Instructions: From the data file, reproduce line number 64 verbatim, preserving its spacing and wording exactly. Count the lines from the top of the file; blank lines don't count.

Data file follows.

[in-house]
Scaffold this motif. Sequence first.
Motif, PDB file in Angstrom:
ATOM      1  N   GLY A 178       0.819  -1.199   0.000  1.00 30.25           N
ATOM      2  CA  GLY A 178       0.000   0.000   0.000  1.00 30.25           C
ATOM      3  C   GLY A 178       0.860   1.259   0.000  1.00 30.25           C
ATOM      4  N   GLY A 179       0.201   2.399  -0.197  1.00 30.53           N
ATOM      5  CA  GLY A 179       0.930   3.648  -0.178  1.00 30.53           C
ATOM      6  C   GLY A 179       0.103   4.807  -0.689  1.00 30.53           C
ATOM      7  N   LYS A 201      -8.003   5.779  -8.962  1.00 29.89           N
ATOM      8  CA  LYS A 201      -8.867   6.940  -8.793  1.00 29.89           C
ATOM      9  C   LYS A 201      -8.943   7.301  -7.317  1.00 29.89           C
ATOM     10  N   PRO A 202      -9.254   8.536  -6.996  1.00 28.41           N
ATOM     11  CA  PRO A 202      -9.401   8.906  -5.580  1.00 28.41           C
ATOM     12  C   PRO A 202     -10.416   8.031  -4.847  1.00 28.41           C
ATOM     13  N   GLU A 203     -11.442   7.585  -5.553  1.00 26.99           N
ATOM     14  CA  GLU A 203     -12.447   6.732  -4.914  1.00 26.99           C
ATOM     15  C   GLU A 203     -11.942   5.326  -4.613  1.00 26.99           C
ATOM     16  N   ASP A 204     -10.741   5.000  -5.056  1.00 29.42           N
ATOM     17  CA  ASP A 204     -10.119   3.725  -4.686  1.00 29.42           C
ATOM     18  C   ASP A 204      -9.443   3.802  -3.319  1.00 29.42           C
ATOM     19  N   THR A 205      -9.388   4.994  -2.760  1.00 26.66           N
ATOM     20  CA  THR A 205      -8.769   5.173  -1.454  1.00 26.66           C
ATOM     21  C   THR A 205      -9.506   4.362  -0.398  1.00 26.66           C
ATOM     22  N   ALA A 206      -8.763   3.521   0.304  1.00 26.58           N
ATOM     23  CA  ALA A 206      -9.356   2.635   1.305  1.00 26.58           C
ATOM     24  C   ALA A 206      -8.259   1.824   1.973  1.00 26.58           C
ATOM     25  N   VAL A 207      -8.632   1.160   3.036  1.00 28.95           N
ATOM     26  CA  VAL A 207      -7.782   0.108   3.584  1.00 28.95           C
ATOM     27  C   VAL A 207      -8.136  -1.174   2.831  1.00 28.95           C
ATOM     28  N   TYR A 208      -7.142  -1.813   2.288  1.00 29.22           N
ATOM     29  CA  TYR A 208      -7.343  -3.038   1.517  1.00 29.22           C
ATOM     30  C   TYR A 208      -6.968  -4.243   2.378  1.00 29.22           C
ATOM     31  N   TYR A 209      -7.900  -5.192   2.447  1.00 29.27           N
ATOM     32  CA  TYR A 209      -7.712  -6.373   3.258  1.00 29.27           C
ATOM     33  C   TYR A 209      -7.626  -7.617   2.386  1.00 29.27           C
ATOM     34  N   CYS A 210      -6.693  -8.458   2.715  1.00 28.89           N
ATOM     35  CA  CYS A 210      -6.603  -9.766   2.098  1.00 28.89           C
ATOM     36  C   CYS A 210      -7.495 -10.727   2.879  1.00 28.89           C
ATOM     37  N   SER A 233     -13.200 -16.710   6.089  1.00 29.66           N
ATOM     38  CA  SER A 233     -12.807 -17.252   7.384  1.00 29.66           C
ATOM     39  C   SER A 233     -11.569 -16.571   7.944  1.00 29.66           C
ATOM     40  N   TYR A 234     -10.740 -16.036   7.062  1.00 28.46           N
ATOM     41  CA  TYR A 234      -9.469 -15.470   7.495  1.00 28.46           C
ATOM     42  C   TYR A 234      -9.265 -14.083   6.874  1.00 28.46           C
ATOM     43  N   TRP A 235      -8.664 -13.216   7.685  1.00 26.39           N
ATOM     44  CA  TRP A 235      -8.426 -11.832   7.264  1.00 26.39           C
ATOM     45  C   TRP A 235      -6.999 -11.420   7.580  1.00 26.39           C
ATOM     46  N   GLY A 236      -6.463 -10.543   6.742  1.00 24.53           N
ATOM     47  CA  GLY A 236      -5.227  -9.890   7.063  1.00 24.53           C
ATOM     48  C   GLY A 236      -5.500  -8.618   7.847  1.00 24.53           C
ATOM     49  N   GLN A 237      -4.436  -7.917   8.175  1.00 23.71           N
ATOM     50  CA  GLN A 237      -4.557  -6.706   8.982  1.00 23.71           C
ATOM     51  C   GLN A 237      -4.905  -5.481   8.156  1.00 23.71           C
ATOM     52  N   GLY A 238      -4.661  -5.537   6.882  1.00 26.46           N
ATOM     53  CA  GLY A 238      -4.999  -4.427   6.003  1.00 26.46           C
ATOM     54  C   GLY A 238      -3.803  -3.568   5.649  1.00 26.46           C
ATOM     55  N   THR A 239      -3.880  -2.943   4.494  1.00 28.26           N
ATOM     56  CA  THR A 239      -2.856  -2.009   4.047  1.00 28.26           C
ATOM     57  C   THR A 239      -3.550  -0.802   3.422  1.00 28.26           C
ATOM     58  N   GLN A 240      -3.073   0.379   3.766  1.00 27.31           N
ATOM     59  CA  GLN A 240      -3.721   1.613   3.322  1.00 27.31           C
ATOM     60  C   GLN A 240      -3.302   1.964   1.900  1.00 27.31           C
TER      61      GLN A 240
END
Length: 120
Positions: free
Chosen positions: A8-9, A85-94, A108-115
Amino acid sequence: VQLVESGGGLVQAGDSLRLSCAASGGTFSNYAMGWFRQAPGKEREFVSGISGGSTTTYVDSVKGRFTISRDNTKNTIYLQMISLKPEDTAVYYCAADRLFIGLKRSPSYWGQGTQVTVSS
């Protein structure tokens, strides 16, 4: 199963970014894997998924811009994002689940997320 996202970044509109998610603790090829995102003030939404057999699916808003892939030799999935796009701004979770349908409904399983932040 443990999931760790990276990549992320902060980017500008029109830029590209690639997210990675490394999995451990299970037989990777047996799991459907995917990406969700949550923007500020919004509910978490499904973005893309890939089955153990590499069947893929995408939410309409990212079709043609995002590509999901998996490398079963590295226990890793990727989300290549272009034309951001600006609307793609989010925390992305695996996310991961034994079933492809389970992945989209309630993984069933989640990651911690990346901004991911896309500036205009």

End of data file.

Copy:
TER      61      GLN A 240